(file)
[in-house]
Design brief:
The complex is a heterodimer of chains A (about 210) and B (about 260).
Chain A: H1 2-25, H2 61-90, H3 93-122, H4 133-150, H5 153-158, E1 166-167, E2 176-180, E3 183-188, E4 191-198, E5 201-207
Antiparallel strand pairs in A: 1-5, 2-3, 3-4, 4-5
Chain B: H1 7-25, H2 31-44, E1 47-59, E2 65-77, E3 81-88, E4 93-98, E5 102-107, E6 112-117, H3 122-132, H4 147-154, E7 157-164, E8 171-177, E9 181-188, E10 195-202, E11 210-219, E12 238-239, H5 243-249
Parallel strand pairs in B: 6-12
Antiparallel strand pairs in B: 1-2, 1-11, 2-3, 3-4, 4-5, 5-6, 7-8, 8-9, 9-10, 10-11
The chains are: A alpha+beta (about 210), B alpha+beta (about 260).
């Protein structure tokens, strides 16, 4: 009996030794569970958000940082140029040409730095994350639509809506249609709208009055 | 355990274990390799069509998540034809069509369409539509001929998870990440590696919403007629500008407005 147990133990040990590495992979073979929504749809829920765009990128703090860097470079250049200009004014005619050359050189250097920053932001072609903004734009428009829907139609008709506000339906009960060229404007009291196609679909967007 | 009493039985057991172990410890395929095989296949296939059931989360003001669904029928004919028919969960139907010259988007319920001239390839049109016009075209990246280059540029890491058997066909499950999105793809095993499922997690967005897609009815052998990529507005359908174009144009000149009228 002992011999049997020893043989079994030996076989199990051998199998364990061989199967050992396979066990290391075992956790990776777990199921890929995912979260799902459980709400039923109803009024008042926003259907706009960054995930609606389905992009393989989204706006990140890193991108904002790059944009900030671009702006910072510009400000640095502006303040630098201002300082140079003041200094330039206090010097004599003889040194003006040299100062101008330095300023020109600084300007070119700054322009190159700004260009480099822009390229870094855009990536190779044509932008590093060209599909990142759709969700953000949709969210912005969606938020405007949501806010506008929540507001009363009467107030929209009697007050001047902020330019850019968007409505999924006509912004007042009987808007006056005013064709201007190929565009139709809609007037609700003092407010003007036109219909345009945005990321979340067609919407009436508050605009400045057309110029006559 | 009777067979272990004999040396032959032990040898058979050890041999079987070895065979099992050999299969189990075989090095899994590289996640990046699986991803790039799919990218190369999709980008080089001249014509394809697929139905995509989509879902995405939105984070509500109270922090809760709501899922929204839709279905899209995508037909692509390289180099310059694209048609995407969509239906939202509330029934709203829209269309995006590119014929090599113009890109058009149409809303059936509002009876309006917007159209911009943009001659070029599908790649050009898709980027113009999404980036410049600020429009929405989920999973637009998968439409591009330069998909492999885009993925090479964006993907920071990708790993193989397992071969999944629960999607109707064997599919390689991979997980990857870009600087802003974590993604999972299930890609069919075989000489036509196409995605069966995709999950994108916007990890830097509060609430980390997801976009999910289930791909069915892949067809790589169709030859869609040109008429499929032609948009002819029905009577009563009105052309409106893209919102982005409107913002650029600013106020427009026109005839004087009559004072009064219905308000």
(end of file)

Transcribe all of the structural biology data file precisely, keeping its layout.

[in-house]
Design brief:
The complex is a heterodimer of chains A (about 210) and B (about 260).
Chain A: H1 2-25, H2 61-90, H3 93-122, H4 133-150, H5 153-158, E1 166-167, E2 176-180, E3 183-188, E4 191-198, E5 201-207
Antiparallel strand pairs in A: 1-5, 2-3, 3-4, 4-5
Chain B: H1 7-25, H2 31-44, E1 47-59, E2 65-77, E3 81-88, E4 93-98, E5 102-107, E6 112-117, H3 122-132, H4 147-154, E7 157-164, E8 171-177, E9 181-188, E10 195-202, E11 210-219, E12 238-239, H5 243-249
Parallel strand pairs in B: 6-12
Antiparallel strand pairs in B: 1-2, 1-11, 2-3, 3-4, 4-5, 5-6, 7-8, 8-9, 9-10, 10-11
The chains are: A alpha+beta (about 210), B alpha+beta (about 260).
């Protein structure tokens, strides 16, 4: 009996030794569970958000940082140029040409730095994350639509809506249609709208009055 | 355990274990390799069509998540034809069509369409539509001929998870990440590696919403007629500008407005 147990133990040990590495992979073979929504749809829920765009990128703090860097470079250049200009004014005619050359050189250097920053932001072609903004734009428009829907139609008709506000339906009960060229404007009291196609679909967007 | 009493039985057991172990410890395929095989296949296939059931989360003001669904029928004919028919969960139907010259988007319920001239390839049109016009075209990246280059540029890491058997066909499950999105793809095993499922997690967005897609009815052998990529507005359908174009144009000149009228 002992011999049997020893043989079994030996076989199990051998199998364990061989199967050992396979066990290391075992956790990776777990199921890929995912979260799902459980709400039923109803009024008042926003259907706009960054995930609606389905992009393989989204706006990140890193991108904002790059944009900030671009702006910072510009400000640095502006303040630098201002300082140079003041200094330039206090010097004599003889040194003006040299100062101008330095300023020109600084300007070119700054322009190159700004260009480099822009390229870094855009990536190779044509932008590093060209599909990142759709969700953000949709969210912005969606938020405007949501806010506008929540507001009363009467107030929209009697007050001047902020330019850019968007409505999924006509912004007042009987808007006056005013064709201007190929565009139709809609007037609700003092407010003007036109219909345009945005990321979340067609919407009436508050605009400045057309110029006559 | 009777067979272990004999040396032959032990040898058979050890041999079987070895065979099992050999299969189990075989090095899994590289996640990046699986991803790039799919990218190369999709980008080089001249014509394809697929139905995509989509879902995405939105984070509500109270922090809760709501899922929204839709279905899209995508037909692509390289180099310059694209048609995407969509239906939202509330029934709203829209269309995006590119014929090599113009890109058009149409809303059936509002009876309006917007159209911009943009001659070029599908790649050009898709980027113009999404980036410049600020429009929405989920999973637009998968439409591009330069998909492999885009993925090479964006993907920071990708790993193989397992071969999944629960999607109707064997599919390689991979997980990857870009600087802003974590993604999972299930890609069919075989000489036509196409995605069966995709999950994108916007990890830097509060609430980390997801976009999910289930791909069915892949067809790589169709030859869609040109008429499929032609948009002819029905009577009563009105052309409106893209919102982005409107913002650029600013106020427009026109005839004087009559004072009064219905308000």